Sexton shot 36.8 percent from deep in his first 16 games. Then he went through a serious lull, making just 23.5 percent of his 3-point attempts to finish out conference play. The postseason run allowed him to find his stroke again, as he made 48 percent of his 23 attempts. On the year he made 33.6 percent of his attempts, but he's a better shooter than those numbers suggest. His 0.942 PPP on jumpers ranked in just the 54th percentile, but he projects as someone who will have to be respected from deep, even if it isn't his best attribute (think Kemba Walker, a career 36% 3-point shooter).

Sexton's defensive numbers are essentially average across the board. His toughness and intensity can't be taught and will help him at the next level. So, too, will his 6-foot-7.5 wingspan (buzzword alert!). It does say a lot that Alabama's defense was ranked 20th in the country, per Ken Pom. Sexton certainly had a hand in that, and he should benefit from coaching at the next level on how to properly use his quick footwork and frame.

Yes, the Bulls have Kris Dunn. Yes, Dunn showed signs of life last season after getting away from rookie killer Tom Thibodeau. But the Bulls are at a time in their franchise's rebuild where they can't pass up talent to fill a need. Talent is their need. And Sexton, a five-star recruit who has already been under the tutelage of a former NBA coach for a year, has that talent. He'll inject some nastiness into the lineup - his nickname is Young Bull for the way he bullies opponents - he immediately improves the Bulls' lackluster transition game and he solidifies the Bulls' backcourt.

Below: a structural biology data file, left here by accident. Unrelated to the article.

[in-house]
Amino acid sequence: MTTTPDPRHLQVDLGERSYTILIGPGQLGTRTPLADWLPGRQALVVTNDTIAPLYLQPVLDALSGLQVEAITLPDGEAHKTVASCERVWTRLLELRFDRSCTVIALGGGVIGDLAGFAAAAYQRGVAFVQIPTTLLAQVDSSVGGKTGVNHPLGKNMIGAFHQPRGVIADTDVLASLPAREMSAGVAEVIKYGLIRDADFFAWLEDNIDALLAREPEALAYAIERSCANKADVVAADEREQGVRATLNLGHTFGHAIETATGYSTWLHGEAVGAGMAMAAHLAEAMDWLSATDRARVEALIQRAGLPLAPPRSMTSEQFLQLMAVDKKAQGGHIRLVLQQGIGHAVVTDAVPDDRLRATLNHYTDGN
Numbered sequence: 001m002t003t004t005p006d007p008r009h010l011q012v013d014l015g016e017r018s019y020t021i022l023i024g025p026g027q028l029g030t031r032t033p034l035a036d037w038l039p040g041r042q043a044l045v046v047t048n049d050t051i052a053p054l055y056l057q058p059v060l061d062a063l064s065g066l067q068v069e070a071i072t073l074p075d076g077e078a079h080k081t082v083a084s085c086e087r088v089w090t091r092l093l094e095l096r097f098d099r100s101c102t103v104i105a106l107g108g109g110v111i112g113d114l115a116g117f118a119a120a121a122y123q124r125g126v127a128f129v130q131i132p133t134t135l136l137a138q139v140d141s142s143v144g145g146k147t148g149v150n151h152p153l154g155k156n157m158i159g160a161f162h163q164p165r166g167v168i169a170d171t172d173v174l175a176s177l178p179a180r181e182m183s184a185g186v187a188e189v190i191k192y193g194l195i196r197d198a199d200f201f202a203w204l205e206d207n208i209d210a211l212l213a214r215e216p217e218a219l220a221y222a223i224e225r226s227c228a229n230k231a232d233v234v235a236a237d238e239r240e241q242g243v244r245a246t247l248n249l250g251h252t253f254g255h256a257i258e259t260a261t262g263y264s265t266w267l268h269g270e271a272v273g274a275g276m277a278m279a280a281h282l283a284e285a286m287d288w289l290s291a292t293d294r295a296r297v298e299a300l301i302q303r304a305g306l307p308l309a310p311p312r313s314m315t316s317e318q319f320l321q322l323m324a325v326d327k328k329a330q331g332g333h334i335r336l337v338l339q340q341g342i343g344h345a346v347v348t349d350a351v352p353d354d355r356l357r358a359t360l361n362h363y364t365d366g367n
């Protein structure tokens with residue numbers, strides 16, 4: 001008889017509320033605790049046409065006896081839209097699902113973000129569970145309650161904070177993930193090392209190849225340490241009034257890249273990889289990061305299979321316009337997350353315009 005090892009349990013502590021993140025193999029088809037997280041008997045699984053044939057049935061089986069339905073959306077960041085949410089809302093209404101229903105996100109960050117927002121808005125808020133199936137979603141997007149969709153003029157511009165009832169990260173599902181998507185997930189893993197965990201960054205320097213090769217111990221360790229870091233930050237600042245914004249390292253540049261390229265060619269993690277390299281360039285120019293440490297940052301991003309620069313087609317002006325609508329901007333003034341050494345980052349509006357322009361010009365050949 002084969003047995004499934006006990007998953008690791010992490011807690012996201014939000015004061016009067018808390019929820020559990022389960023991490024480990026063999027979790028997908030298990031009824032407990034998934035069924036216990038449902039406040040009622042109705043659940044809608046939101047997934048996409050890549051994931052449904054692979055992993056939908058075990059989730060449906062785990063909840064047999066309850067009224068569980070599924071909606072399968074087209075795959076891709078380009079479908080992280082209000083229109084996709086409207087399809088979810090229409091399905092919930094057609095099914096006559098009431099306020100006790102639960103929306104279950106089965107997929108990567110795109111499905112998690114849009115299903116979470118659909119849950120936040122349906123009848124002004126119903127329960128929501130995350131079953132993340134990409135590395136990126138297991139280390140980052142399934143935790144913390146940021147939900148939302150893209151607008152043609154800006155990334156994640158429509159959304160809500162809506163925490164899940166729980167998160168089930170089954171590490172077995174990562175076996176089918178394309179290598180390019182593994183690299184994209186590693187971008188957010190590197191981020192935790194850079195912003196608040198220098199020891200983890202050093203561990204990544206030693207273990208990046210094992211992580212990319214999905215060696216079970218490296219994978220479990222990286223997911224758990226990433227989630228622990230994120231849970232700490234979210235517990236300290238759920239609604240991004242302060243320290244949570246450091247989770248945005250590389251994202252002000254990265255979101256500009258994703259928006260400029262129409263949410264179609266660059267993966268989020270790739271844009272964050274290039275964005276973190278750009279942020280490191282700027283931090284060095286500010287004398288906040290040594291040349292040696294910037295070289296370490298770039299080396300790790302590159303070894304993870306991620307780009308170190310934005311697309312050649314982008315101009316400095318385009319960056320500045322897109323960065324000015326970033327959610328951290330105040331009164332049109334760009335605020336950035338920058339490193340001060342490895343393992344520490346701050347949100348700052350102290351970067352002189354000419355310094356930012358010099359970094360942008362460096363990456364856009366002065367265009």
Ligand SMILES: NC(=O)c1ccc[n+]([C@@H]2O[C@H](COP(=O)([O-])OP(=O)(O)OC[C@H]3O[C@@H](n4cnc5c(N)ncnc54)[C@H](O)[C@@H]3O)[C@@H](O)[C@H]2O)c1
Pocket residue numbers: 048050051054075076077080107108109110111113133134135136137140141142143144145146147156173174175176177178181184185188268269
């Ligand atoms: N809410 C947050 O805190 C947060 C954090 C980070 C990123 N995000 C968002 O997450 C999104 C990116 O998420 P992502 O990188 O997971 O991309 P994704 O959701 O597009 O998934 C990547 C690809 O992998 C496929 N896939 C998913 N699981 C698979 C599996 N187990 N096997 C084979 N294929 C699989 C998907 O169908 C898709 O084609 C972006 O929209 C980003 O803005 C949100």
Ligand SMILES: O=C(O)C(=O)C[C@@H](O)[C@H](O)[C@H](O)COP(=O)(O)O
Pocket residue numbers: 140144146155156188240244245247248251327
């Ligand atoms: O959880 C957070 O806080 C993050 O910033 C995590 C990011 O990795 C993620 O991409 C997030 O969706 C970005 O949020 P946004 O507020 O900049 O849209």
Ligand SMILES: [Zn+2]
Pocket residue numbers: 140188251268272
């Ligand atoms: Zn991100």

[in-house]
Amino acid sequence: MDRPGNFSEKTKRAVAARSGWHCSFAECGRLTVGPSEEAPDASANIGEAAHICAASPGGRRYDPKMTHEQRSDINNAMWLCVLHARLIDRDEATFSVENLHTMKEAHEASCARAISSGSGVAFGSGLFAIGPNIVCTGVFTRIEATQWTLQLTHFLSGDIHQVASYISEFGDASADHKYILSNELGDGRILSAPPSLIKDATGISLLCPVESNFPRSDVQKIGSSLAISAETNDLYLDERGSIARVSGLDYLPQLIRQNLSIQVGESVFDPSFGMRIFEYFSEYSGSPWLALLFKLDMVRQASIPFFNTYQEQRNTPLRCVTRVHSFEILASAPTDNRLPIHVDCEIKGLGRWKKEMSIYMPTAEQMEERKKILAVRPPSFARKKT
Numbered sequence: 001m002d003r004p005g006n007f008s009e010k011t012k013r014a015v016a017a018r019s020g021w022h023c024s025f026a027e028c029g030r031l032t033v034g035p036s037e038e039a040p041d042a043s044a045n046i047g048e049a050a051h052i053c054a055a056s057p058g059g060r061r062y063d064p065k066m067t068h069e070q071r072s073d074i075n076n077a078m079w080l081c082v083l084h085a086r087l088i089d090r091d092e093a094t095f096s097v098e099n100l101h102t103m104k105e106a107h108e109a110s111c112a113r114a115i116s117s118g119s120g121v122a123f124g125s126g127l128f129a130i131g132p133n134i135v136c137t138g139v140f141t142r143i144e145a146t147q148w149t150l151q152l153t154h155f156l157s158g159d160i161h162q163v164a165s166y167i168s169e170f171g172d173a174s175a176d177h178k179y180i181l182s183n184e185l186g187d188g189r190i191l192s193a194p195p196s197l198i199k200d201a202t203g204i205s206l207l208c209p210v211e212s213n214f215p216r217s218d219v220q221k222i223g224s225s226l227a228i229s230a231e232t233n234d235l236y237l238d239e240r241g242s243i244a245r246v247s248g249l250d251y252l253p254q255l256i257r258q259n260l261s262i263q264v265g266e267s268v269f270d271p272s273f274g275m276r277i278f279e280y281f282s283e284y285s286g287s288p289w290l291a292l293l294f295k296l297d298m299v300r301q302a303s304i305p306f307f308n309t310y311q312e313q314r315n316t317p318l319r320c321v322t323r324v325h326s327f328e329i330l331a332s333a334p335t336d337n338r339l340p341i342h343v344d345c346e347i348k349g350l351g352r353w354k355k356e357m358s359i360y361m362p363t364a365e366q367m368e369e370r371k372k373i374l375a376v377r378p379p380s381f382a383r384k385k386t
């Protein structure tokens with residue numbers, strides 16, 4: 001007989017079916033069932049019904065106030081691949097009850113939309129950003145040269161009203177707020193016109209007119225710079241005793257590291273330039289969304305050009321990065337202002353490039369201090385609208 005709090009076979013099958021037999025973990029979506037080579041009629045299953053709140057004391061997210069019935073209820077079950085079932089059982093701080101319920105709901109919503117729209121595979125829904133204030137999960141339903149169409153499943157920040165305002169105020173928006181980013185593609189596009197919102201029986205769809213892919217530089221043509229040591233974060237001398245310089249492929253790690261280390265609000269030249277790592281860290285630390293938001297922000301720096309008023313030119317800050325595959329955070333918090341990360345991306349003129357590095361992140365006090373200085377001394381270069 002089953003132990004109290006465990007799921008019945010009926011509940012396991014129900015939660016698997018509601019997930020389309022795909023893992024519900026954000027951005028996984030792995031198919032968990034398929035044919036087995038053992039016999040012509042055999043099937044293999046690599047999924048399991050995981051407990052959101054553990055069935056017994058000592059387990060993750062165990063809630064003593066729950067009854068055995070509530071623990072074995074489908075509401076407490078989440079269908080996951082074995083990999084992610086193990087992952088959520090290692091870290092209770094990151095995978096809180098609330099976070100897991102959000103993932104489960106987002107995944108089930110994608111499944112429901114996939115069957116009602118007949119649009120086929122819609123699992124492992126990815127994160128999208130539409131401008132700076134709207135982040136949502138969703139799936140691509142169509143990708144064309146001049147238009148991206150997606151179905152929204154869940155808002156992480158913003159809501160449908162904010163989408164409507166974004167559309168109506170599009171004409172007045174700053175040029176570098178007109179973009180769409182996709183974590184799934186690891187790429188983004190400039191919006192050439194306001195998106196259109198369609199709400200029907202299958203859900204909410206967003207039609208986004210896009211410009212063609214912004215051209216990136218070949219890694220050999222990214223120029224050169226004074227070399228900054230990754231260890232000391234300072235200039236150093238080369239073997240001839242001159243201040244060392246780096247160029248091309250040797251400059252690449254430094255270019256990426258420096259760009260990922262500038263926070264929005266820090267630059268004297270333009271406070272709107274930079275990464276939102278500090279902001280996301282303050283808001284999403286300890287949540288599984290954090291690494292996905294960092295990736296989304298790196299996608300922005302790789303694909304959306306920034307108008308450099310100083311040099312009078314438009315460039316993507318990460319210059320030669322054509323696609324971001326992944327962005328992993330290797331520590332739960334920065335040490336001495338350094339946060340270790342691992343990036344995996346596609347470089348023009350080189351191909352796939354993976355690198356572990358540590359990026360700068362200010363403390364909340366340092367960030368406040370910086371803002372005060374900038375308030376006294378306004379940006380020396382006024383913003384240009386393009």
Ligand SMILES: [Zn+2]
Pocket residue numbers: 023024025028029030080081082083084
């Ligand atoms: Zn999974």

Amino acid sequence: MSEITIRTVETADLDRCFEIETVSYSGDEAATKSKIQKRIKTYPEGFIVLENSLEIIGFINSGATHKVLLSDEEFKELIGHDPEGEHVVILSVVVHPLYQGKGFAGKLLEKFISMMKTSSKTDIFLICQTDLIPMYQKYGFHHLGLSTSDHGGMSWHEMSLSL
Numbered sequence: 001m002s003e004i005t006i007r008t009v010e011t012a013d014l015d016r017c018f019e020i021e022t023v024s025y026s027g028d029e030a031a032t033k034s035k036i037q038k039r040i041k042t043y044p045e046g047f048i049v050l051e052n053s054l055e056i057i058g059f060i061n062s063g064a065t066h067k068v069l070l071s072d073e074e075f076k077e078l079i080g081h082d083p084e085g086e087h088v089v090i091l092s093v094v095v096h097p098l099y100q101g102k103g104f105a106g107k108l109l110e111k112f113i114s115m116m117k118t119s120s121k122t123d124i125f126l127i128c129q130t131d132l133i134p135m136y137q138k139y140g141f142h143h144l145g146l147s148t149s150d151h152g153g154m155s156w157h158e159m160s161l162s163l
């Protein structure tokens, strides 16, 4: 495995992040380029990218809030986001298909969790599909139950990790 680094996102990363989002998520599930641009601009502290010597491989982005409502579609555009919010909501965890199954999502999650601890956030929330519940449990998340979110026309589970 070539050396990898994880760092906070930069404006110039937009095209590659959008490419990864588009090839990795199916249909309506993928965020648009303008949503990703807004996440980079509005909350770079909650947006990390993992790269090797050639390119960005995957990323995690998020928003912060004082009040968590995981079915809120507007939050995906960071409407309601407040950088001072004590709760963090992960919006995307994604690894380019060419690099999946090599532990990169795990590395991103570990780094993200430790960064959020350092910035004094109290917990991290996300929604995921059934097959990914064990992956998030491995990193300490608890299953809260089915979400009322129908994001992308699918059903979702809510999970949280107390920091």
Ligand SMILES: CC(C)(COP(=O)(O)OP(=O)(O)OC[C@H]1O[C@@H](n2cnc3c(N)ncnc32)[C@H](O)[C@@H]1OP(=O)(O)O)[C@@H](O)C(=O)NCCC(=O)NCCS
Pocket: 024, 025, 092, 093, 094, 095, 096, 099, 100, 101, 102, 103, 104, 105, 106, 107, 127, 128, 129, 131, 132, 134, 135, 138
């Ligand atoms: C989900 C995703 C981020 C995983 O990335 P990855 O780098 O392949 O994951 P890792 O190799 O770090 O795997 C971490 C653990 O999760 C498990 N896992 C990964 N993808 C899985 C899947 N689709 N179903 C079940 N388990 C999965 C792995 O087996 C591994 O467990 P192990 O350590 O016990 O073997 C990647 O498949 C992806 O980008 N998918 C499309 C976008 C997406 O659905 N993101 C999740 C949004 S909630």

Dunn and Sexton can play off one another, even if it relegates the former to a Marcus Smart-type role: important, useful, just not in the spotlight. Sexton running pick-and-roll/pop with Markkanen only makes both players better, and it allows the Bulls freedom to look at a wing or a big with the 22nd pick. If the Bulls feel Sexton will be there at 10, 11 or 12, perhaps they trade with a team looking to move up for a Michael Porter Jr. or Trae Young. But Sexton's talent supersedes any positional needs for the Bulls. They can fill holes later on needs. When a talent is waiting for them to draft, they've got to take it and run.

Coby White, Chris Paul share bond that's bigger than basketball

cobychris.jpg
USA Today

Coby White, Chris Paul share bond that's bigger than basketball

Coby White has scored a season-high 33 points in back-to-back games, but he's staying level-headed as hype and hysteria swirls around him.

“You’re going to have highs and lows over the season. I try to be the same throughout. That’s kind of how I live my life,” White said Tuesday. “It’s great and all but I just try to stay positive. A lot of people are saying congrats and whatnot. But I just have to keep getting better.”

This same approach served White well the last time he faced his mentor, Chris Paul. The Bulls blew leads of 26 points in the first half and 10 points in the fourth quarter to lose 109-106 at Oklahoma City in December.

Afterward, a posed picture of White and Paul smiling on the court after the gut-wrenching defeat landed on social media. Some critics pounced, saying that was neither the time nor place for fraternization.

Never mind that White played for Paul’s AAU team and received mental and emotional support from the All-Star guard as White’s father lost his battle with cancer.